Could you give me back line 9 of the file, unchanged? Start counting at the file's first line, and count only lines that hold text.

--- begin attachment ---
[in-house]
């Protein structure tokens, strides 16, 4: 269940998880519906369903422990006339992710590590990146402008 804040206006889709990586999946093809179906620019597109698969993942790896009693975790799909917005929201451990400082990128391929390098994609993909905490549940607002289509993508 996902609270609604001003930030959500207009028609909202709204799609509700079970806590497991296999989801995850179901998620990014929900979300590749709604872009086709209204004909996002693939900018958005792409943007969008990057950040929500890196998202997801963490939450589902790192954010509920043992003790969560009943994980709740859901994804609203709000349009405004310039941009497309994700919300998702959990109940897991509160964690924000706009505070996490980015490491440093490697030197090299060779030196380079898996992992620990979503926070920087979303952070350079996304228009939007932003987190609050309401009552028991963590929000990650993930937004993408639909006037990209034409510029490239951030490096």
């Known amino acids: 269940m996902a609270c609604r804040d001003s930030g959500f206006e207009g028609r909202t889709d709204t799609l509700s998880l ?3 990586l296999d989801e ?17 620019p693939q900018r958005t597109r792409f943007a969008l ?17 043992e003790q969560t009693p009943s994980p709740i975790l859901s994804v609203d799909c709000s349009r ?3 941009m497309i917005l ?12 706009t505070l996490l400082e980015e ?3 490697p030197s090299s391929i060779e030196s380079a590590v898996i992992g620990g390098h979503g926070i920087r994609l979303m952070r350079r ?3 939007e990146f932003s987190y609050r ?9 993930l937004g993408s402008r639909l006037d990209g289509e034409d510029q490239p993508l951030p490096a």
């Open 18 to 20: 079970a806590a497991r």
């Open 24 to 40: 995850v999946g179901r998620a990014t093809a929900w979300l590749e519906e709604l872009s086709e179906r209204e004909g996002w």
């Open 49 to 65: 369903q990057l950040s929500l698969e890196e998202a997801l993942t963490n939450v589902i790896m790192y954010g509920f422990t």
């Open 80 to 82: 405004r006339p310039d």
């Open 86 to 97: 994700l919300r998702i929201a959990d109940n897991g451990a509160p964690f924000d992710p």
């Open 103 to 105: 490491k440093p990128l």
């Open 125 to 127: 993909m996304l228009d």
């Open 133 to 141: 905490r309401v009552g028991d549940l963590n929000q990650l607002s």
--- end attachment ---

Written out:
């Open 103 to 105: 490491k440093p990128l």